Could Georgia Democrats possibly pull off the impossible? Could some virtual unknown, a gangly political neophyte named Jon Ossoff¹, win the state's 6th Congressional District, the GOP stronghold that was abandoned by Tom Price when he joined Donald Trump's Cabinet?
I see you out there, Republicans ... stop smiling and shaking your heads! It could happen.
You know it could happen.
Of course, "could happen" and "will happen" are two entirely different propositions. But look no further than your own TV sets. National Republicans wouldn't be spending millions of dollars in TV ads against Ossoff unless they had at least some anxiety about a race that in an ordinary year, under ordinary circumstances, they would expect to win quite easily. And as you might have noticed, these are not ordinary political circumstances.
If you've followed Georgia politics, you know the 6th District is unique in the Peach State. More than 60 percent of adults in the district have a bachelor's degree or better, well above the state and national averages, and more than two-thirds of 6th District residents were born outside the state of Georgia. Nonetheless, it still votes strongly Republican. In the 2012 presidential race, Mitt Romney swamped Barack Obama in the district by 23 percentage points.
In the 2016 race, however, Trump carried the district by a single percentage point, suggesting a high degree of uneasiness among the well-educated, upper-income Republicans who populate the district. That's a lot of Romney voters who held their nose and voted for Hillary Clinton, and who also might be available for Ossoff. I'm just guessing here, but I'd bet that Trump's behavior since Election Day hasn't exactly quieted those concerns, particularly among women. (You also have to think that the GOP's base is a bit disheartened by its stunning failure to keep their promise about Obamacare.)
Then there's the process. Under Georgia law covering special elections, candidates of both parties will appear together on the April 18 ballot. If none of the 18 candidates wins a majority, the top two will compete in a June 20th runoff. Eleven Republicans have jumped at the chance to win an open congressional district, and as they try to sort themselves out, Trump remains a defining issue. Some have competed to embrace the president; others have kept their distance.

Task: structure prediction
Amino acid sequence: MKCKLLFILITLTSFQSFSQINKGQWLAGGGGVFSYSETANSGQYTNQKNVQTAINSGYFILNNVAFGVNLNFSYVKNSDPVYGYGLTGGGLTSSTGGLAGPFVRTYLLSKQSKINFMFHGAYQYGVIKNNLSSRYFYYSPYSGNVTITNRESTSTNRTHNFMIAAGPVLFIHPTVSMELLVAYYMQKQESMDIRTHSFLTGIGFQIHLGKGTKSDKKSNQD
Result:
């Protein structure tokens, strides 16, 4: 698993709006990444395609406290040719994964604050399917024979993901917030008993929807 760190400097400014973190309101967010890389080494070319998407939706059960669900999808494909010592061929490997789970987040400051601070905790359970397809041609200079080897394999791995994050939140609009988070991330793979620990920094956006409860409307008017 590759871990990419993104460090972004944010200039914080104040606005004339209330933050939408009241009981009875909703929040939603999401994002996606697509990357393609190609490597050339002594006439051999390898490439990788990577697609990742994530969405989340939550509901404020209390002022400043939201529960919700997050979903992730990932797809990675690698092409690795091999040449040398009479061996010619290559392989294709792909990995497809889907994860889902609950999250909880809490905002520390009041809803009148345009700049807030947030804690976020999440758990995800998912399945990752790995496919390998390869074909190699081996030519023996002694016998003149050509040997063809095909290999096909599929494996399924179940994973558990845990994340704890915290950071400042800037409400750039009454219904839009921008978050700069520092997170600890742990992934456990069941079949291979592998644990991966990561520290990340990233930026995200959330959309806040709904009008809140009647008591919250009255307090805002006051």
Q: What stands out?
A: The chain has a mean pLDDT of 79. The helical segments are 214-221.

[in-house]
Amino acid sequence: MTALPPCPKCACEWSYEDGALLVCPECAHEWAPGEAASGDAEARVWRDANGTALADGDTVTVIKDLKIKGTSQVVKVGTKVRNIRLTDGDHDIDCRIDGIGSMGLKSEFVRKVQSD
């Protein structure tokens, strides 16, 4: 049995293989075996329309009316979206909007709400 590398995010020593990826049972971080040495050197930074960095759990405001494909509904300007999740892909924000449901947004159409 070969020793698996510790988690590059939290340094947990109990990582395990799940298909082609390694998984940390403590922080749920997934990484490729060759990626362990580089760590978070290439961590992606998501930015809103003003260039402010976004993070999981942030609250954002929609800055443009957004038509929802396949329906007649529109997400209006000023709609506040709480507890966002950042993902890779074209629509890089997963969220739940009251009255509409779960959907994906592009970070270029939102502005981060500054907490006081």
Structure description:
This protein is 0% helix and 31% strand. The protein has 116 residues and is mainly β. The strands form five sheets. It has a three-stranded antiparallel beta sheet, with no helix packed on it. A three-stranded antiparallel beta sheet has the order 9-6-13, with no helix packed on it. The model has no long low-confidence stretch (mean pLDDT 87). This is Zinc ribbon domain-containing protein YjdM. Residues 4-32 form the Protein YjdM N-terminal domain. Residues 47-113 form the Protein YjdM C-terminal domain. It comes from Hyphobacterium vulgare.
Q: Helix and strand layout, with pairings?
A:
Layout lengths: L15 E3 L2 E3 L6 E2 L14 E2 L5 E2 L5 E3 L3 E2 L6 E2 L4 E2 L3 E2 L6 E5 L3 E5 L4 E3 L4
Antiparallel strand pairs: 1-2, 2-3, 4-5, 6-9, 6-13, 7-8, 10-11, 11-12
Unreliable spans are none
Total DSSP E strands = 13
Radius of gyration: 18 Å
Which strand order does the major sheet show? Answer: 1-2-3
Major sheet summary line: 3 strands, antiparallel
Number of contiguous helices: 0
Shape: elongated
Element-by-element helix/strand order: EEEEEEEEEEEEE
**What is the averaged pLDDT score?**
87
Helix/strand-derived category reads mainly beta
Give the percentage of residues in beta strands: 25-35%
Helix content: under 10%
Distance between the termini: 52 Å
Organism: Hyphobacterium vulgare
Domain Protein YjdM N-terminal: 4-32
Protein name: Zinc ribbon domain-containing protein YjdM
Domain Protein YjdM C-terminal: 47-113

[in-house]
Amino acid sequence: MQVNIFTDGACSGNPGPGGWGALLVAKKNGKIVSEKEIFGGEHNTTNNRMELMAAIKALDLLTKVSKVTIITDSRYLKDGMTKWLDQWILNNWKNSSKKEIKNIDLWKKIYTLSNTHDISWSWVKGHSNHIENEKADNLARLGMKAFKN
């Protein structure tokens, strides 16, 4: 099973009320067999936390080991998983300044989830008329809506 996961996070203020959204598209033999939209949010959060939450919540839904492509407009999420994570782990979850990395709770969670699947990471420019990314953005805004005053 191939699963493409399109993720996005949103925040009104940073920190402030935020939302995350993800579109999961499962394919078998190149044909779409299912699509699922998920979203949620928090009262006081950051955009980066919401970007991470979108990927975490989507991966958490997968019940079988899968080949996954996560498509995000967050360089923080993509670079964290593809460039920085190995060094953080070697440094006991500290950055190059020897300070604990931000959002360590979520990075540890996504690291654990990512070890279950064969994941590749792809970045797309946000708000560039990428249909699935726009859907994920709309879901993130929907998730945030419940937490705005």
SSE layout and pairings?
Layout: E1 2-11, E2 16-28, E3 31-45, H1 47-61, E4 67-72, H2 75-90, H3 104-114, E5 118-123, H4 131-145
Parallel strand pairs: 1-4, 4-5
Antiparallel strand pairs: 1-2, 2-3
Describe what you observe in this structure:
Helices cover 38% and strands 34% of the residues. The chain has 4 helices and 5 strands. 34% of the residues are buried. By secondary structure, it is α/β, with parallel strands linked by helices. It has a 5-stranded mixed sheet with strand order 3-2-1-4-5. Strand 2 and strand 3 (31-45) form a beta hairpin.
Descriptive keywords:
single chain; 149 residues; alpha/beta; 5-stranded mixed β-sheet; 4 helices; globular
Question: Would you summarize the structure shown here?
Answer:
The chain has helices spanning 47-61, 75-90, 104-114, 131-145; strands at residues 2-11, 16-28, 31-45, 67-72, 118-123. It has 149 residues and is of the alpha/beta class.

Democrats have no such ambivalence about Trump. In fact, both nationally and locally, I have never seen a group of people more energized about politics and more mission-driven. I have no idea whether it will sustain itself, but so far it has allowed Ossoff to raise some $3 million. Liberals around the country see this race down in suburban Atlanta, in Tom Price's district, as their first chance to make a statement and be heard.
In short, the race in the 6th will come down to a contest between Democratic passion against a significant Republican numerical advantage, and ordinarily that would be an easy contest to predict. Again, though, nothing about this is ordinary. In a special election, turnout is everything. Early voting only began Monday, but Nate Cohn, who writes the data-driven Upshot column for the New York Times, reports that of those who cast ballots on that opening day, 55 percent had most recently participated in a Democratic primary. Conversely, just 31 percent had participated most recently on the Republican side.
"Democrats also enjoy a similar 45-to-21-point edge among the larger group of voters who have requested but not yet returned absentee ballots," Cohn writes. Those are impressive numbers, given the district's overall tilt toward Republicans.
Again, that's just Day One. However, Republican operatives are watching those numbers as well, and are probably buying up more TV time as you read this to try to ensure the race goes to a June runoff. Ossoff and the Democrats are still the underdog, but as I've been reminded countless times by conservative friends since Nov. 8, sometimes the apparently impossible isn't so impossible after all.
¹Four Democrats in addition to Ossoff have filed to run, including Ron Slotin, who was an effective, intelligent and conscientious state legislator back in the early to mid-'90s. Under different circumstances, Slotin might have been the candidate whom Democrats rallied around in the 6th, but Ossoff seized that banner before Slotin could and he has never relinquished that first-mover advantage.